John frequently interrupts his narrative of 1961 with increasingly hostile attacks on America and the Reagan administration, which in July of 1987 is embroiled in the Iran-Contra scandal. He begins reading The New York Times, though it disgusts him, and longs to be invited to a friend's summer home for a retreat. He says that politics is like junk food: when he is eating a cheeseburger, he cannot concentrate on any other taste, and when he is thinking about politics, his anger blinds him to every other pursuit. His anger consistently makes him think of Vietnam, and he rages at length against that war, mentioning innumerable figures, dates, facts, and references. He remembers how he, Owen, and Hester spent their New Year's Eves from 1962 to 1968, noting during each year how many troops were in Vietnam and how many were killed; every year, Hester passes the stroke of midnight by vomiting after drinking too much. At last, John receives the invitation to his friend's home, and goes eagerly to a long-awaited vacation.

Interspersed with anti-Reagan diatribes, the narrative of the '60s continues piecemeal. For Christmas in 1961, Mrs. Wheelwright gives Owen a diary, and he begins to write in it regularly--he gushes about John F. Kennedy, and also writes extremely fatalistic prophecies about his own future: "I KNOW WHEN I'M GOING TO DIE." In 1961, John is not allowed to see the diary, but the 1987 John who is narrating the story has seen it, and occasionally provides glimpses.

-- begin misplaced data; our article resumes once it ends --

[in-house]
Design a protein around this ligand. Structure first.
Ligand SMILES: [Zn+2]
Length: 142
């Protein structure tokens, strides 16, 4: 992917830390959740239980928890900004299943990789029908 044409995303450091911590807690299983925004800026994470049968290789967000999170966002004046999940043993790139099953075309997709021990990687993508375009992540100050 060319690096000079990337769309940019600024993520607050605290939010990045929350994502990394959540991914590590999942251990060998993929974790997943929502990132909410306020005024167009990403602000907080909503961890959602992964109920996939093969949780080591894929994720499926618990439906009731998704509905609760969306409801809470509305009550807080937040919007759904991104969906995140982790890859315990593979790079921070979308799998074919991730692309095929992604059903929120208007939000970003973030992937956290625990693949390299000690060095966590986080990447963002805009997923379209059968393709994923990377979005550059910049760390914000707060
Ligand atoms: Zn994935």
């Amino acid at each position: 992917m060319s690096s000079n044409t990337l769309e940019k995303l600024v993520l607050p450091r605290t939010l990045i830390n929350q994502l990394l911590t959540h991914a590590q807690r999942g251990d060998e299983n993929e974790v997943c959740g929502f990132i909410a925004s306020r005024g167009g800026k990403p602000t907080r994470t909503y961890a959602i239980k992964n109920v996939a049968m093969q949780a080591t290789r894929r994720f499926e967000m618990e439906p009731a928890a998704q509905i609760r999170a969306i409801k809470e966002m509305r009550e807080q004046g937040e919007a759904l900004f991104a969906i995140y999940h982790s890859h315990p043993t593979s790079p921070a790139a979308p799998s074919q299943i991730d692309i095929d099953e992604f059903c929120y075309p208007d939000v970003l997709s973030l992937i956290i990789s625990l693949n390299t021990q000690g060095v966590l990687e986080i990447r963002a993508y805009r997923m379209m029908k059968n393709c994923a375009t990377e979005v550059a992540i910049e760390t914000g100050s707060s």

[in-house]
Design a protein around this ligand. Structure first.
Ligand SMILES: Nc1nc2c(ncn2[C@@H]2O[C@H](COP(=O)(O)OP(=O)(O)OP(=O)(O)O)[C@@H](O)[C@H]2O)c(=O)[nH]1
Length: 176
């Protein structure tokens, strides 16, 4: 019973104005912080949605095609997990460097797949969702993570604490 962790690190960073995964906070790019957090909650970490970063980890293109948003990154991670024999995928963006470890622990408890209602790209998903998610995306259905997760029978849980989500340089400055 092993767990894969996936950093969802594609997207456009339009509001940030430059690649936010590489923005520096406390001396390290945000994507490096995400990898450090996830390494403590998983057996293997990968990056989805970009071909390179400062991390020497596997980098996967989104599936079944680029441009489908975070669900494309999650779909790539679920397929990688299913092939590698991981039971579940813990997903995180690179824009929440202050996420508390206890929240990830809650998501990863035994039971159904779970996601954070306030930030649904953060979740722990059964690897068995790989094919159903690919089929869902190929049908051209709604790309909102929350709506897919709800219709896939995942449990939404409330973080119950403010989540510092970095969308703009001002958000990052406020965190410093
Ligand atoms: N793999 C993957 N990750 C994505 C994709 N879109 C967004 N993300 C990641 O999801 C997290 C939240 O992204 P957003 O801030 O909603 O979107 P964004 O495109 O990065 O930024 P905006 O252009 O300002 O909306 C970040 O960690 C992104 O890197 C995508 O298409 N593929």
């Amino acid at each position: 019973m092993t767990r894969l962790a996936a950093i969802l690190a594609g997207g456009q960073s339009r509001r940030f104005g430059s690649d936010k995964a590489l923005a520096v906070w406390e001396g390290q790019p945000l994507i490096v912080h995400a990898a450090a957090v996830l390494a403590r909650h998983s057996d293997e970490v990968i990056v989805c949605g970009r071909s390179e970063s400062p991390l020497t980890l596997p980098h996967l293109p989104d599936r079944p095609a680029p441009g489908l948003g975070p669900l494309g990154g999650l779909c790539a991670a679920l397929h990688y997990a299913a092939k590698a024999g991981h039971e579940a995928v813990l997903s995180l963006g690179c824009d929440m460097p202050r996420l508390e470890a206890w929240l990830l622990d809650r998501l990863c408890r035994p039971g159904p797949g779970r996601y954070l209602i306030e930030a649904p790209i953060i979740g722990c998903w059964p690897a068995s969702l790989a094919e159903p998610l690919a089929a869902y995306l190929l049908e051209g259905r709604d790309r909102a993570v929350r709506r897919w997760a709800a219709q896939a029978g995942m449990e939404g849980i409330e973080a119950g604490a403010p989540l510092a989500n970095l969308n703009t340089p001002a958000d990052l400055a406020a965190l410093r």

Owen has continued to alienate Randy White, the head of the school, and his problems worsen dramatically as his senior year nears its close. A rich, cynical student named Larry Lish tells Owen that John F. Kennedy has been sleeping with Marilyn Monroe, a pronouncement that infuriates Owen. When Larry's mother Mitzy, a well-connected socialite, confirms the rumor for Owen, he is so upset, and she bullies him so shamelessly, that he sexually propositions her simply to shut her up. But she reports him to Mr. White, who uses the incident in an attempt to expel Owen from Gravesend Academy; in the end, faculty support keeps Owen in the school, but he is on probation, and any wrongdoing will result in his dismissal. In the meantime, Owen is forced to endure sessions with Dr. Dolder, a psychologist from Zurich whom Owen considers a reprehensible idiot. He also consults with Rev. Merrill, whose classes he has continued to take--he sometimes talks to Rev. Merrill about the afterlife, he says, but mostly he tells Rev. Merrill about Dr. Dolder and Dr. Dolder about Rev. Merrill.